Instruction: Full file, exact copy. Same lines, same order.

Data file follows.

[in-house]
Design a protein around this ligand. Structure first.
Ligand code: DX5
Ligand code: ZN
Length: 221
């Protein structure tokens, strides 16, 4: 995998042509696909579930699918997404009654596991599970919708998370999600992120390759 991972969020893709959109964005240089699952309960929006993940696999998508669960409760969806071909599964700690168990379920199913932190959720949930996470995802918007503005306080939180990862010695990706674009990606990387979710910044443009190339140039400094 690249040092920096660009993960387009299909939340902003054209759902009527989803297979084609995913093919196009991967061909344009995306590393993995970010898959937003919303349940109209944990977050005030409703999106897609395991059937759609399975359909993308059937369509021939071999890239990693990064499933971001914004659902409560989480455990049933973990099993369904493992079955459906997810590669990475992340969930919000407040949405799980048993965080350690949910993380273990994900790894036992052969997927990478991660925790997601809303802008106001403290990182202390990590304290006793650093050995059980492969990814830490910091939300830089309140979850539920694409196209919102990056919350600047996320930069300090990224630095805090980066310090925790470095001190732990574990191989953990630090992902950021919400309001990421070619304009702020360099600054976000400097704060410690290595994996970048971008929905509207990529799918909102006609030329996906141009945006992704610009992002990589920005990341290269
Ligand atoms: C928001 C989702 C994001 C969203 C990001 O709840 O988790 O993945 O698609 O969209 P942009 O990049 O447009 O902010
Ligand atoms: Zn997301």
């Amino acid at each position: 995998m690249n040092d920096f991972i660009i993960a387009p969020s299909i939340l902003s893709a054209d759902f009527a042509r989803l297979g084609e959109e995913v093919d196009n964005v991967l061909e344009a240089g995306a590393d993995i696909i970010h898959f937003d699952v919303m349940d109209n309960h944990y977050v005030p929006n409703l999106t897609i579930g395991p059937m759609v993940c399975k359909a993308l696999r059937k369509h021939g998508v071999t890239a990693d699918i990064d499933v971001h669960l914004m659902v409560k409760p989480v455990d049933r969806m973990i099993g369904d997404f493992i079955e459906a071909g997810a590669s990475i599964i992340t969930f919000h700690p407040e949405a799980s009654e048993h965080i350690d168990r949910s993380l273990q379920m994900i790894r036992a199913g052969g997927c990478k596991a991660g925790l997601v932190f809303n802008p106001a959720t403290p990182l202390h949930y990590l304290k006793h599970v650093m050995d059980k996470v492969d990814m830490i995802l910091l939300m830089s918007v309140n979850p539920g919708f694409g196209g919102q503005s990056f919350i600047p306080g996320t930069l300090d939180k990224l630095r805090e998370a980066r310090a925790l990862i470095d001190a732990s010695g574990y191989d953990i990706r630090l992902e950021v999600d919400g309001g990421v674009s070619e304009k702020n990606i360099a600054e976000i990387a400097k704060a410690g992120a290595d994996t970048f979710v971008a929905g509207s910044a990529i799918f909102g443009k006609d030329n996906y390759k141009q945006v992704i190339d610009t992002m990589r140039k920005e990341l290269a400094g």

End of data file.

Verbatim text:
[in-house]
Design a protein around this ligand. Structure first.
Ligand code: DX5
Ligand code: ZN
Length: 221
């Protein structure tokens, strides 16, 4: 995998042509696909579930699918997404009654596991599970919708998370999600992120390759 991972969020893709959109964005240089699952309960929006993940696999998508669960409760969806071909599964700690168990379920199913932190959720949930996470995802918007503005306080939180990862010695990706674009990606990387979710910044443009190339140039400094 690249040092920096660009993960387009299909939340902003054209759902009527989803297979084609995913093919196009991967061909344009995306590393993995970010898959937003919303349940109209944990977050005030409703999106897609395991059937759609399975359909993308059937369509021939071999890239990693990064499933971001914004659902409560989480455990049933973990099993369904493992079955459906997810590669990475992340969930919000407040949405799980048993965080350690949910993380273990994900790894036992052969997927990478991660925790997601809303802008106001403290990182202390990590304290006793650093050995059980492969990814830490910091939300830089309140979850539920694409196209919102990056919350600047996320930069300090990224630095805090980066310090925790470095001190732990574990191989953990630090992902950021919400309001990421070619304009702020360099600054976000400097704060410690290595994996970048971008929905509207990529799918909102006609030329996906141009945006992704610009992002990589920005990341290269
Ligand atoms: C928001 C989702 C994001 C969203 C990001 O709840 O988790 O993945 O698609 O969209 P942009 O990049 O447009 O902010
Ligand atoms: Zn997301």
């Amino acid at each position: 995998m690249n040092d920096f991972i660009i993960a387009p969020s299909i939340l902003s893709a054209d759902f009527a042509r989803l297979g084609e959109e995913v093919d196009n964005v991967l061909e344009a240089g995306a590393d993995i696909i970010h898959f937003d699952v919303m349940d109209n309960h944990y977050v005030p929006n409703l999106t897609i579930g395991p059937m759609v993940c399975k359909a993308l696999r059937k369509h021939g998508v071999t890239a990693d699918i990064d499933v971001h669960l914004m659902v409560k409760p989480v455990d049933r969806m973990i099993g369904d997404f493992i079955e459906a071909g997810a590669s990475i599964i992340t969930f919000h700690p407040e949405a799980s009654e048993h965080i350690d168990r949910s993380l273990q379920m994900i790894r036992a199913g052969g997927c990478k596991a991660g925790l997601v932190f809303n802008p106001a959720t403290p990182l202390h949930y990590l304290k006793h599970v650093m050995d059980k996470v492969d990814m830490i995802l910091l939300m830089s918007v309140n979850p539920g919708f694409g196209g919102q503005s990056f919350i600047p306080g996320t930069l300090d939180k990224l630095r805090e998370a980066r310090a925790l990862i470095d001190a732990s010695g574990y191989d953990i990706r630090l992902e950021v999600d919400g309001g990421v674009s070619e304009k702020n990606i360099a600054e976000i990387a400097k704060a410690g992120a290595d994996t970048f979710v971008a929905g509207s910044a990529i799918f909102g443009k006609d030329n996906y390759k141009q945006v992704i190339d610009t992002m990589r140039k920005e990341l290269a400094g």